New documentary shows impact of music on Delaware Alzheimer’s patient

     Photo courtesy of UDaily.

    Photo courtesy of UDaily.

    Buna Fletcher was so smart, she graduated from college at the age of 19. 

     She was an artist and an art teacher who became a librarian. For many years, she played music in ensembles with her husband and friends. Today, playing music is one of the few things in life that she still has.

    At the age of 83, Alzheimer’s disease has robbed Fletcher of many of the daily activities she once enjoyed. However, once a week, she can still be found playing duets and tapping her feet to the music she plays with good friend Doortje Shover.

    Every Friday afternoon, Fletcher and Shover get together for a few hours to play music. The women met a few years ago when they both participated in a recorder ensemble at University of Delaware’s Osher Lifelong Learning Institute.

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    This was before Fletcher developed Alzheimer’s.

    While at the institue, they sat next to each other. Shover always found herself amazed by Fletcher’s musical ability.

    “I didn’t really know or say much to her, but when I heard her play, I thought this woman is unbelievable, she is an excellent musician,” recalled Shover.

    The onset of Alzheimer’s

    As Fletcher’s disease began to develop, her behavior changed and she was no longer able to function. As a result, she had to leave the recorder ensemble. It was a great loss in her life, but as Shover soon discovered, it was a loss for herself as well.

    Doortje really missed Buna.

    “I almost cried,” Shover said. “I missed her sitting next to me, we are so in tuned with each other.”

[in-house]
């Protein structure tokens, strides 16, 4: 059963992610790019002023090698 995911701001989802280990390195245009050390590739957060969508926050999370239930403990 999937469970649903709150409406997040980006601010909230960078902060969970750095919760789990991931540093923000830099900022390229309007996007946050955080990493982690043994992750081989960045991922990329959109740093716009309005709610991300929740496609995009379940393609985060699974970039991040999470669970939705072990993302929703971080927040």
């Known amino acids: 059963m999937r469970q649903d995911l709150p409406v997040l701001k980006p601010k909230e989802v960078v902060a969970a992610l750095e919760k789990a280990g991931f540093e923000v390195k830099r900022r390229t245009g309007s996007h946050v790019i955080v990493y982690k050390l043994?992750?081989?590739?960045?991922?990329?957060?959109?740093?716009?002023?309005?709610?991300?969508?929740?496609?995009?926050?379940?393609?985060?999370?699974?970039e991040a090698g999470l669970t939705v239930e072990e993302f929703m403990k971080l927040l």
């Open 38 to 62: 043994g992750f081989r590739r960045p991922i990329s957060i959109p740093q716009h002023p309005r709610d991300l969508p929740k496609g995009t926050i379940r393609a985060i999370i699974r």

On a trip to her native Holland, Shover decided to visit a music store to purchase duet music for the recorder, with hopes of playing it with Fletcher when she returned home to Delaware.

    However, she was stunned by what she found when she returned: Fletcher’s condition had worsened. Her cognitive skills were very far gone.

    But, when she put the music stand in front of her and they began to play, it was just like old times. Fletcher could still sight-read and play music effortlessly.

    A life surrounded by music

    Fletcher was surrounded by music throughout her life: Her father was a pianist and composer. While growing up in Brooklyn, she played piano and guitar. She also sang, which she still enjoys doing. Her favorite music is Jewish folk songs, which always seems to bring a huge smile to her face.

    Amazed by Fletcher’s response to music, Shover decided she wanted to share their story with others, and set out to produce a short film about their relationship and Alzheimer’s. With no former fundraising experience, the $10,000 production budget was raised with the help of many friends and a few strangers.

    Late in 2013, the film titled “Playing On” became a reality. Shover hopes many people will see it and will be inspired by the benefits that music can have on those with Alzheimer’s.

    To learn more about “Playing On,” contact Doortje Shover at

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